Published Monday, 07 October 2013
How to improve EU legislation to tackle marine litter
Marine litter is of increasing concern, and is widely recognised to result in negative ecological, social and economic impacts such as the entanglement of protected marine species or losses in tourism revenue due to litter-strewn beaches.
This study analyses many different pieces of EU legislation to determine their relevance to marine litter, examines their deficiencies and gaps, and proposes options for improvement. The policies examined include the Marine Strategy Framework Directive, the Waste Framework and Packaging Waste Directives, the Water Framework Directive, the Urban Waste Water Treatment Directive, the Cosmetics Regulation, the Common Fisheries Policy, and many more. Generally the gaps consist of the need for better implementation and enforcement, and increased ambition of current requirements.
Focusing on improving the existing instruments, priority policy areas for action were identified, including increasing the ambition of Member States’ implementation of the Marine Strategy Framework Directive and improving waste legislation and its implementation.
So far Member State implementation of the Marine Strategy Framework Directive has been inconsistent and unambitious, but despite uncertainties and information shortages, regional and national case studies have shown that targets can be set and measures implemented that will have a significant impact on marine litter. In the longer term an EU wide target for marine litter as required by the 7th Environment Action Programme should be set and incorporated into the Directive.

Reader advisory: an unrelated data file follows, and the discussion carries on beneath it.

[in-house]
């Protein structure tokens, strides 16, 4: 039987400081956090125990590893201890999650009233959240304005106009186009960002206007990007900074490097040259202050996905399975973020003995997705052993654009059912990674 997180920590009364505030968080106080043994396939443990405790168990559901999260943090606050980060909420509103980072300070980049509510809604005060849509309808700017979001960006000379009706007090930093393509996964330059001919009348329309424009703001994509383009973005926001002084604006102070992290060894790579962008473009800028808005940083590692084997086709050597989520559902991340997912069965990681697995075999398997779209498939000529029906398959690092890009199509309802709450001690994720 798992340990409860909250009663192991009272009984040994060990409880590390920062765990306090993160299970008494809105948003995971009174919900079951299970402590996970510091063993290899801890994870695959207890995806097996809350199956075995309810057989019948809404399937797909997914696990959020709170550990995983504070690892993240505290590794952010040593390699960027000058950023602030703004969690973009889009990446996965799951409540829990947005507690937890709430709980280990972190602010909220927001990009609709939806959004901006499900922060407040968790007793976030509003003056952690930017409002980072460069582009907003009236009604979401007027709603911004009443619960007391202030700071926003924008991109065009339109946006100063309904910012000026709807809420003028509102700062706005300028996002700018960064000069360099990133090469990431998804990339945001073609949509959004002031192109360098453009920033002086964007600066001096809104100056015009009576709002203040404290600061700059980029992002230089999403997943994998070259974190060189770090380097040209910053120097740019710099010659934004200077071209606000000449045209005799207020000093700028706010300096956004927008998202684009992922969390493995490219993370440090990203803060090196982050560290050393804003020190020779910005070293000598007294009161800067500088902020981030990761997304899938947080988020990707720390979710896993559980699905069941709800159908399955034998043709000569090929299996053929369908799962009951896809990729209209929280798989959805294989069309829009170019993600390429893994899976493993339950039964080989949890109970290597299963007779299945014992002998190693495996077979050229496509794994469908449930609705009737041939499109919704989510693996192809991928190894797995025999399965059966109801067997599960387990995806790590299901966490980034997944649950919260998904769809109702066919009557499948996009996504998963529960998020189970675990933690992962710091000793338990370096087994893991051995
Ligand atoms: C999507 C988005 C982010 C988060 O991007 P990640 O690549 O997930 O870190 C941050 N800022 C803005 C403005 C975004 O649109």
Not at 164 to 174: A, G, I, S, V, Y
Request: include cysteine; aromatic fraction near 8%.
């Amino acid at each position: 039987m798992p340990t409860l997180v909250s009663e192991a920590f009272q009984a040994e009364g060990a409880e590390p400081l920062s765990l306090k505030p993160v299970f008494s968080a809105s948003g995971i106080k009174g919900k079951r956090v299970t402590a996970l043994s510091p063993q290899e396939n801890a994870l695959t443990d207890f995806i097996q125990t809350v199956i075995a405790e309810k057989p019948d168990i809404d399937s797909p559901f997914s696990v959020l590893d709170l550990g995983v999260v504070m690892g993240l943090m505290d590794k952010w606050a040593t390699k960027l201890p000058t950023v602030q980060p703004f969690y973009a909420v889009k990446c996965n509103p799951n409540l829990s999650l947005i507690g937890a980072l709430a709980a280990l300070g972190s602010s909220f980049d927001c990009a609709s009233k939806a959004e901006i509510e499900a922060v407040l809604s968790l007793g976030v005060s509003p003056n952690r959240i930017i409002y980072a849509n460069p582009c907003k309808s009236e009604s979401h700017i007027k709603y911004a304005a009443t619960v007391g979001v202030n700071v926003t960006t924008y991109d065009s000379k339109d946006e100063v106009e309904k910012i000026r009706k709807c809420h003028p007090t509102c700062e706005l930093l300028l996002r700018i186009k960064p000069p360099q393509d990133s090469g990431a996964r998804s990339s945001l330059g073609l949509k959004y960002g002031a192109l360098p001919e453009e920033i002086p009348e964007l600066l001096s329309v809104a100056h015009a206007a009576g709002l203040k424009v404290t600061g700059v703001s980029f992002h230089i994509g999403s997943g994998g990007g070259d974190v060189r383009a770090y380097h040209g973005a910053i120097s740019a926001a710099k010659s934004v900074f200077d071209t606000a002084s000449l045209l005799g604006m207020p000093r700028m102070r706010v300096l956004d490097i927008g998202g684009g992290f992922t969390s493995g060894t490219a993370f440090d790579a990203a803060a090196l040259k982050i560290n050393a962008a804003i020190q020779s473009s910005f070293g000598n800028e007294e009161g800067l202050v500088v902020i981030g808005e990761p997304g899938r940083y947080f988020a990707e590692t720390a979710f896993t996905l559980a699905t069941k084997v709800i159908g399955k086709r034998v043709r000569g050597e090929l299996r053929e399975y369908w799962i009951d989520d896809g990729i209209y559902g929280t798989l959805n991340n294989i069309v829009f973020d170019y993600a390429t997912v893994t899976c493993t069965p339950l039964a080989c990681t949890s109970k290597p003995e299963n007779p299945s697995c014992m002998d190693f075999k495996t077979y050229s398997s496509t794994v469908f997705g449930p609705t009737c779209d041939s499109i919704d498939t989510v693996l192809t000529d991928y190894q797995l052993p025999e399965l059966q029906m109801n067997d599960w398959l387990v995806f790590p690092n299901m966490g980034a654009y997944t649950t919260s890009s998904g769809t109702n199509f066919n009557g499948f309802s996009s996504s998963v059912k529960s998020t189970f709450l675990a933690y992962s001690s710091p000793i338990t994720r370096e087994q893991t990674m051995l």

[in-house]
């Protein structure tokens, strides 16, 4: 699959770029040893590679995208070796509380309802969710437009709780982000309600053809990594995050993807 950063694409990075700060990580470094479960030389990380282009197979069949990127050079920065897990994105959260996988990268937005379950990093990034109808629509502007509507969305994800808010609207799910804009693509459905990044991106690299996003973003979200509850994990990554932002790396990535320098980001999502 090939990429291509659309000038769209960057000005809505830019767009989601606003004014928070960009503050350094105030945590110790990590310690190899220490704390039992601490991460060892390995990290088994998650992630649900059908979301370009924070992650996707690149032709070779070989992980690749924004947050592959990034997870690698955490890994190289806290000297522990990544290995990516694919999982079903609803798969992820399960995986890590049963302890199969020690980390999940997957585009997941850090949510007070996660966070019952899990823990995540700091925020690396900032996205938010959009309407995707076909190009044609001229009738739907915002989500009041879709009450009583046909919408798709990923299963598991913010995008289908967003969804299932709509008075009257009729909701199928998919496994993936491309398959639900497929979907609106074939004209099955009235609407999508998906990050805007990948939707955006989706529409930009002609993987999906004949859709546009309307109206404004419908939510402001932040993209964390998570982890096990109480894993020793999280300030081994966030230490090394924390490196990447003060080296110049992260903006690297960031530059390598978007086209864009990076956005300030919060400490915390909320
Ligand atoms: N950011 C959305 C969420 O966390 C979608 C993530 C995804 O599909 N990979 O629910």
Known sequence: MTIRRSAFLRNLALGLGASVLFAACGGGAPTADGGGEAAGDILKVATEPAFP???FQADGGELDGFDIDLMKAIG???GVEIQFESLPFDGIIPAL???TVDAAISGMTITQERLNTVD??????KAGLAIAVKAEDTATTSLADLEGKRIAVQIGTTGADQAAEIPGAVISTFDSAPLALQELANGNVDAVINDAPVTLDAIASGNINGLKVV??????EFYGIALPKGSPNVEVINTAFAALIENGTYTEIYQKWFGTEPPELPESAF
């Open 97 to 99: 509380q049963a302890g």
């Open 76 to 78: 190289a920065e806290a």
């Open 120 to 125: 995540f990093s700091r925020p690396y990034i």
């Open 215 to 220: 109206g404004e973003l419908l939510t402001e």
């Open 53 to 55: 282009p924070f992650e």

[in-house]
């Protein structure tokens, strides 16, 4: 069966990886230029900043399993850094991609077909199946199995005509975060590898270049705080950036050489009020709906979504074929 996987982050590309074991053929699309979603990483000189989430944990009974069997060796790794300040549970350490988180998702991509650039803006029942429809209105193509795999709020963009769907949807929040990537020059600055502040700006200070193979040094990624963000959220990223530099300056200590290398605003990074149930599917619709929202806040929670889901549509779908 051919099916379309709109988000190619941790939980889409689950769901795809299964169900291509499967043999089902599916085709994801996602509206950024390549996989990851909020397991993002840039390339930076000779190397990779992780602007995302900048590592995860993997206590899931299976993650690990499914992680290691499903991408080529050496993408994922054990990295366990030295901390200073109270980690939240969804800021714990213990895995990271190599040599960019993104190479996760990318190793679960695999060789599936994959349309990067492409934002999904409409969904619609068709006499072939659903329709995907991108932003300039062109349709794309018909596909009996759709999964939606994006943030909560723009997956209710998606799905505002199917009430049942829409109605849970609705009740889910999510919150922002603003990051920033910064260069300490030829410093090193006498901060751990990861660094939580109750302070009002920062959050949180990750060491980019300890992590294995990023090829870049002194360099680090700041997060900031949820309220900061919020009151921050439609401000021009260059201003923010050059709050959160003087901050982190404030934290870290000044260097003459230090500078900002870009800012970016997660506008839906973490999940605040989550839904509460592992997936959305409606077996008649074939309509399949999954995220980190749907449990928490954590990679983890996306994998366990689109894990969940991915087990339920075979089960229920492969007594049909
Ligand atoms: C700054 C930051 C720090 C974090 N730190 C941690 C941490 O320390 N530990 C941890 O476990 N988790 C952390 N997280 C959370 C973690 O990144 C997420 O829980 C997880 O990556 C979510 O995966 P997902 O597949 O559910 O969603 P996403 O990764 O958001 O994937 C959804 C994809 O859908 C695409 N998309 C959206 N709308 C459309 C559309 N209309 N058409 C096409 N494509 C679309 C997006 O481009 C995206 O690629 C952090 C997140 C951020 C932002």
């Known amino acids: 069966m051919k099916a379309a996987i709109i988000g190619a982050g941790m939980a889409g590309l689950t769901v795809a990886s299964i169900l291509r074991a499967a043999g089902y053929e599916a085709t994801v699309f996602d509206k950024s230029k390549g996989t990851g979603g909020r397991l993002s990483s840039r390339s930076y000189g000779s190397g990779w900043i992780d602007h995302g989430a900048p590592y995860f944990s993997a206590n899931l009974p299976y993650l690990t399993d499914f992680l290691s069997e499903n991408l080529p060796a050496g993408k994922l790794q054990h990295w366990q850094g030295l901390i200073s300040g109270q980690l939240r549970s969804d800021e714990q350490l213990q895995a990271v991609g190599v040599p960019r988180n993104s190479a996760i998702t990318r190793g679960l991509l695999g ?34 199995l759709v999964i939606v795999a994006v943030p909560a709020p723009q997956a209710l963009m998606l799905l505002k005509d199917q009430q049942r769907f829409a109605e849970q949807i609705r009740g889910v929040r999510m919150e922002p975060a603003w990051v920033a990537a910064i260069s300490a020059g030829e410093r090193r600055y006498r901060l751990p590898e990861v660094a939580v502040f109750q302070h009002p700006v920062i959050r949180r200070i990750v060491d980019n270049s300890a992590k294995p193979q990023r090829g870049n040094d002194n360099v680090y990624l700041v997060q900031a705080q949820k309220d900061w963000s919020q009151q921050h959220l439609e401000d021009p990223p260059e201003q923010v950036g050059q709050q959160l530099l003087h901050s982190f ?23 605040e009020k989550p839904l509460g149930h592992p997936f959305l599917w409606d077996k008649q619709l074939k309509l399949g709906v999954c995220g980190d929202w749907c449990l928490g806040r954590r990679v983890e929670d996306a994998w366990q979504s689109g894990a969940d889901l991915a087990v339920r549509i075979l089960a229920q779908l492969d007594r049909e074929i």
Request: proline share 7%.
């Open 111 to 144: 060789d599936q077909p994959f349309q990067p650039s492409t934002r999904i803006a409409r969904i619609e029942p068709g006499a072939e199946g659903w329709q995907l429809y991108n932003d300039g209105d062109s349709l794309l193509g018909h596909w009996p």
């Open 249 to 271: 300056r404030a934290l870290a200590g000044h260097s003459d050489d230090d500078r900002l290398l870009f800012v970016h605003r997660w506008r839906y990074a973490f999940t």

The concept of litter is scarcely mentioned in existing waste legislation. Incorporating the concept into the Waste Framework and Packaging Waste Directives could be an important step towards ensuring that legislation addresses the issue. Now is a good time to argue for action, given the prominence of resource efficiency on the EU policy agenda and the ongoing wide-ranging review of EU waste legislation. If marine litter can be placed on the agenda of these discussions, significant progress could be made to raise awareness and improve waste policy.
This study was commissioned by Seas At Risk, alongside another study focusing exclusively on improving the Port Reception Facilties Directive in order to reduce ship generated marine litter.